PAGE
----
In yet another episode of let's-hope-the-bureauwonks-solve-our-fiscal-problems, Congress decided that the easiest way to control the rising cost of Medicare was to hand power over to a 15-member panel of health bureaucrats charged with containing spending on America's most expensive entitlement. The result is the Independent Payment Advisory Board, or IPAB, a cost-containment board appointed and housed under the executive which, under ObamaCare, is given the authority to make reccomendation about how to change Medicare in order to meet predetermined cost-containment targets.
IPAB may technically be an advisory board, but those recommendations aren't really recommendations so much as legislative changes: They go into effect automatically unless Congress either proposes equally large cuts of its own or three-fifths of the Senate votes to override the cuts.
The board's power to effectively rewrite law, as well as its home in the executive, may mean that it is unconstitutional. George Will has a handy overview of the argument against the board:
The PPACA repeatedly refers to any IPAB proposal as a "legislative proposal" and speaks of "the legislation introduced" by the IPAB. Each proposal automatically becomes law unless Congress passes — with a three-fifths supermajority required in the Senate — a measure cutting medical spending as much as the IPAB proposal would.
…And it gets worse. Any resolution to abolish the IPAB must pass both houses of Congress. And no such resolution can be introduced before 2017 or after Feb. 1, 2017, and must be enacted by Aug. 15 of that year. And if passed, it cannot take effect until 2020. Defenders of all this audaciously call it a "fast track" process for considering termination of IPAB. It is, however, transparently designed to permanently entrench IPAB — never mind the principle that one Congress cannot by statute bind another Congress from altering that statute.
That principle may cause courts to dismiss the challenge by the Phoenix-based Goldwater Institute to Congress's delegation of its powers, because courts may say that Congress can just change its mind. Hence the court may spurn the institute's argument on behalf of two Arizona congressmen, Jeff Flake and Trent Franks, that the entrenchment of the IPAB seriously burdens the legislators' First Amendment rights.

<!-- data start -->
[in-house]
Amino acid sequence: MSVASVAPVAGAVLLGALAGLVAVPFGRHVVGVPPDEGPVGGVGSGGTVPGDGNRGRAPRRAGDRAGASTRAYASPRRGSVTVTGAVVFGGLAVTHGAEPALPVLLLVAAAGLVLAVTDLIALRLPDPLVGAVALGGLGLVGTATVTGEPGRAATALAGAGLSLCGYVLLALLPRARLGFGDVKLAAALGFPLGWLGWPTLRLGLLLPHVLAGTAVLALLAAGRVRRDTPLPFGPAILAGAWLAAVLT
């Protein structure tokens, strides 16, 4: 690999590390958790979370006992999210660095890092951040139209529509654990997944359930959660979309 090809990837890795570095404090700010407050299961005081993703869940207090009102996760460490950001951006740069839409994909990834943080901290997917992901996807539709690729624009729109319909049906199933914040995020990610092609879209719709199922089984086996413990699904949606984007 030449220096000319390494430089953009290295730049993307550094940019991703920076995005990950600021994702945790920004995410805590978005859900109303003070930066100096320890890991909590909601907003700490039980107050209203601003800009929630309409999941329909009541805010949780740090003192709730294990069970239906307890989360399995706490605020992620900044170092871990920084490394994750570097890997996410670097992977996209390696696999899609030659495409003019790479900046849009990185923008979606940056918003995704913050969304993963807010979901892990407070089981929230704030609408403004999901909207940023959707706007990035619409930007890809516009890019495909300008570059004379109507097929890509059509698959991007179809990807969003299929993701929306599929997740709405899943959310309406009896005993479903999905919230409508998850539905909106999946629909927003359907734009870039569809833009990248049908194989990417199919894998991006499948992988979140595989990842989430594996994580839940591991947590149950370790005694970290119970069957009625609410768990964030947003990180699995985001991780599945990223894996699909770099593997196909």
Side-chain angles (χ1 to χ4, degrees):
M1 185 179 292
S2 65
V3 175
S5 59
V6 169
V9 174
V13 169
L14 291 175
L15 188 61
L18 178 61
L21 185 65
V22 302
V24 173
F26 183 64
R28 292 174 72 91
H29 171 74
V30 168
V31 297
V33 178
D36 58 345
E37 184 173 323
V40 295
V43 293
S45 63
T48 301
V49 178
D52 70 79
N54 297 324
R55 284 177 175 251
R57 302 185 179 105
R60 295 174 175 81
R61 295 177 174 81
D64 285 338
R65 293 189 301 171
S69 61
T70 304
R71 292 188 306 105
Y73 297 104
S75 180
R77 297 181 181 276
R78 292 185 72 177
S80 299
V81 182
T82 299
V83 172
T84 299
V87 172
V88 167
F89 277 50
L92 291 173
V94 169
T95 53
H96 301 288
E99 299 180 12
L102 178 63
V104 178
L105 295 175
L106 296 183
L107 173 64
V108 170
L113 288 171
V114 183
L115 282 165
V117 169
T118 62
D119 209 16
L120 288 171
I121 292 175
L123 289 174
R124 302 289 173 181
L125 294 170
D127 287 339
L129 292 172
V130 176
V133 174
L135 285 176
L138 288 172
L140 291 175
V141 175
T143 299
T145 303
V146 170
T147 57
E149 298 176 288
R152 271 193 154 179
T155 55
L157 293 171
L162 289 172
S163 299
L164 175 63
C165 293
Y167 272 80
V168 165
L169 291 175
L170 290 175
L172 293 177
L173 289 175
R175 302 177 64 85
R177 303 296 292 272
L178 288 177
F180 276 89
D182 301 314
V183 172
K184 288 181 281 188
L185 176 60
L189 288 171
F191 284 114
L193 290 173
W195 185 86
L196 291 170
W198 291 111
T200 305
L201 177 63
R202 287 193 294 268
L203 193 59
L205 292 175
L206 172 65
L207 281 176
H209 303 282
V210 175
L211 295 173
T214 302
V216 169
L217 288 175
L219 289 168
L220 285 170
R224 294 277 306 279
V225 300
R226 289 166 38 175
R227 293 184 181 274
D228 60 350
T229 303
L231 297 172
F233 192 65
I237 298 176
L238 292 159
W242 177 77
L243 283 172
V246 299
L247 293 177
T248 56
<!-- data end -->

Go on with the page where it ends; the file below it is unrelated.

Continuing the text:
Diane Cohen, the institute's senior attorney, demonstrates that the IPAB is doubly anti-constitutional. It derogates the powers of Congress. And it ignores the principle of separation of powers: It is an executive agency, its members appointed by the president, exercising legislative powers over which neither Congress nor the judiciary can exercise proper control.
The Supreme Court hasn't been terribly strict about delegation of powers cases in recent years. But this case may be different. Last month, Mark Hemingway talked to Goldwater's Diane Cohen about their case:
"The bottom line is what this board is going to be doing is not making recommendations to Congress. They're really going to be passing law. The statute actually calls it 'law' throughout the Patient Protection and Affordable Care Act," says Diane Cohen, the Goldwater Institute's lead attorney. "Congress doesn't have to pass them, the president doesn't have to sign them. So it's taking over a historically congressional responsibility and duty—and here comes the legal mumbo-jumbo—without any 'intelligible principles' to guide this board."
Unlike other federal agencies with regulatory powers, IPAB is subject to no external review process—no public notification in advance of proposed rules, no opportunity for public comment, no administrative guidelines, and no judicial review. Cohen sees Congress as "just abdicating" its responsibility "because they can't withstand political pressure."
What's being proposed in IPAB is so basic a violation of the traditional separation of powers, Cohen says, that we are in virtually uncharted legal territory. To the extent that legislative powers can be exercised outside of Congress, such authority is granted through the "delegation of powers"—a well-defined legal principle. "People will say, 'We haven't had a case striking down delegation for years'—but this is really above and beyond what we have seen," observes Cohen.
Regardless of the health care overhaul's attempts to entrench IPAB into the system, Congress may simply change its mind about the board anyway. In the House, at least, even Democrats aren't particularly happy with giving up their power over Medicare, and there are already efforts underway to get rid of the board. And it's still early on in this fight: IPAB hasn't been formed yet, much less made any recommendations. Expect oppoition to increase if and when the board actually gets around to announcing its package of Medicare cuts.
But neither the constitutional challenges nor the political instability of the board seem to worry Obama. In fact, he's doubling down on his commitment to IPAB. In an April speech on the debt, he proposed to rely on the board to do even more of the debt and deficit reduction heavy lifting that he and his colleagues in Congress have so far been unwilling to do themselves.